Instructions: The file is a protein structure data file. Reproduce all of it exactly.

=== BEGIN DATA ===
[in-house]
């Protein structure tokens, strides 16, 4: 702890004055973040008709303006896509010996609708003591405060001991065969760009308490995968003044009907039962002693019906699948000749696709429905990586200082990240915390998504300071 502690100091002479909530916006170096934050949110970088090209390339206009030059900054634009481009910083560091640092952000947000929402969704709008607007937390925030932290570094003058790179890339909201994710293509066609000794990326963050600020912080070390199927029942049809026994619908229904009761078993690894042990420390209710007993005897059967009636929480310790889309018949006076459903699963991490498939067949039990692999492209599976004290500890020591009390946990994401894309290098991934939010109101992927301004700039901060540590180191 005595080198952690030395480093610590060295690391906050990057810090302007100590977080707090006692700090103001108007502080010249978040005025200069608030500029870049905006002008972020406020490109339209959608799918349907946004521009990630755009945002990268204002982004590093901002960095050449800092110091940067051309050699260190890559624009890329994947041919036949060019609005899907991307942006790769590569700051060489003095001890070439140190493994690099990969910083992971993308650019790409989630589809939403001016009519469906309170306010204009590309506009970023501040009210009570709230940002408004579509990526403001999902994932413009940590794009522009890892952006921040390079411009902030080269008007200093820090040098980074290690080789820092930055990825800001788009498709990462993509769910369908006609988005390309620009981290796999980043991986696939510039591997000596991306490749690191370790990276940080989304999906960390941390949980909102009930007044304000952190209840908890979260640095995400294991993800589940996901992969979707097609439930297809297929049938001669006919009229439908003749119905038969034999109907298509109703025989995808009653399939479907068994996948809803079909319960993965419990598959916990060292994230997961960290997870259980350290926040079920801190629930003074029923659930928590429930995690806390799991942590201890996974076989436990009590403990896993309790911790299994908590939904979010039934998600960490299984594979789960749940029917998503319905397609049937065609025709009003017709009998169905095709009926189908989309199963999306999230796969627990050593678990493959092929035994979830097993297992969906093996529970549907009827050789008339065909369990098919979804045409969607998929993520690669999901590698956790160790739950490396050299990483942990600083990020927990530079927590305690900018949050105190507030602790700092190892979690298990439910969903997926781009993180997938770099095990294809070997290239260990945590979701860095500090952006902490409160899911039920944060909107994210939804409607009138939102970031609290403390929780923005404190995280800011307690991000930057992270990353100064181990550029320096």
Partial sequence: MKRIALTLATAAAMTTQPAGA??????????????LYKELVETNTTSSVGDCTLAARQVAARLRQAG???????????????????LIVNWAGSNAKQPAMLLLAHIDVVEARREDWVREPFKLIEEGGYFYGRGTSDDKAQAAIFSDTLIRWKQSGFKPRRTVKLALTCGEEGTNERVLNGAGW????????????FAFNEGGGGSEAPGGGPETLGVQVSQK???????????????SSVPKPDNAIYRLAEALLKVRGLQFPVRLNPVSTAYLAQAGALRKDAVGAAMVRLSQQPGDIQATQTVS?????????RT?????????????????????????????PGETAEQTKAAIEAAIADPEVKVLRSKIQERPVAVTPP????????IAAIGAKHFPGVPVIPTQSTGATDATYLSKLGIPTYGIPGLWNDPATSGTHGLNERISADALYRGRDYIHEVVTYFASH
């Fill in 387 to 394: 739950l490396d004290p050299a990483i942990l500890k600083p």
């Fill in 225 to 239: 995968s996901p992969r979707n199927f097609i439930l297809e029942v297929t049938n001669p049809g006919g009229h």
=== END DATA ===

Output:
[in-house]
């Protein structure tokens, strides 16, 4: 702890004055973040008709303006896509010996609708003591405060001991065969760009308490995968003044009907039962002693019906699948000749696709429905990586200082990240915390998504300071 502690100091002479909530916006170096934050949110970088090209390339206009030059900054634009481009910083560091640092952000947000929402969704709008607007937390925030932290570094003058790179890339909201994710293509066609000794990326963050600020912080070390199927029942049809026994619908229904009761078993690894042990420390209710007993005897059967009636929480310790889309018949006076459903699963991490498939067949039990692999492209599976004290500890020591009390946990994401894309290098991934939010109101992927301004700039901060540590180191 005595080198952690030395480093610590060295690391906050990057810090302007100590977080707090006692700090103001108007502080010249978040005025200069608030500029870049905006002008972020406020490109339209959608799918349907946004521009990630755009945002990268204002982004590093901002960095050449800092110091940067051309050699260190890559624009890329994947041919036949060019609005899907991307942006790769590569700051060489003095001890070439140190493994690099990969910083992971993308650019790409989630589809939403001016009519469906309170306010204009590309506009970023501040009210009570709230940002408004579509990526403001999902994932413009940590794009522009890892952006921040390079411009902030080269008007200093820090040098980074290690080789820092930055990825800001788009498709990462993509769910369908006609988005390309620009981290796999980043991986696939510039591997000596991306490749690191370790990276940080989304999906960390941390949980909102009930007044304000952190209840908890979260640095995400294991993800589940996901992969979707097609439930297809297929049938001669006919009229439908003749119905038969034999109907298509109703025989995808009653399939479907068994996948809803079909319960993965419990598959916990060292994230997961960290997870259980350290926040079920801190629930003074029923659930928590429930995690806390799991942590201890996974076989436990009590403990896993309790911790299994908590939904979010039934998600960490299984594979789960749940029917998503319905397609049937065609025709009003017709009998169905095709009926189908989309199963999306999230796969627990050593678990493959092929035994979830097993297992969906093996529970549907009827050789008339065909369990098919979804045409969607998929993520690669999901590698956790160790739950490396050299990483942990600083990020927990530079927590305690900018949050105190507030602790700092190892979690298990439910969903997926781009993180997938770099095990294809070997290239260990945590979701860095500090952006902490409160899911039920944060909107994210939804409607009138939102970031609290403390929780923005404190995280800011307690991000930057992270990353100064181990550029320096």
Partial sequence: MKRIALTLATAAAMTTQPAGA??????????????LYKELVETNTTSSVGDCTLAARQVAARLRQAG???????????????????LIVNWAGSNAKQPAMLLLAHIDVVEARREDWVREPFKLIEEGGYFYGRGTSDDKAQAAIFSDTLIRWKQSGFKPRRTVKLALTCGEEGTNERVLNGAGW????????????FAFNEGGGGSEAPGGGPETLGVQVSQK???????????????SSVPKPDNAIYRLAEALLKVRGLQFPVRLNPVSTAYLAQAGALRKDAVGAAMVRLSQQPGDIQATQTVS?????????RT?????????????????????????????PGETAEQTKAAIEAAIADPEVKVLRSKIQERPVAVTPP????????IAAIGAKHFPGVPVIPTQSTGATDATYLSKLGIPTYGIPGLWNDPATSGTHGLNERISADALYRGRDYIHEVVTYFASH
């Fill in 387 to 394: 739950l490396d004290p050299a990483i942990l500890k600083p």
């Fill in 225 to 239: 995968s996901p992969r979707n199927f097609i439930l297809e029942v297929t049938n001669p049809g006919g009229h």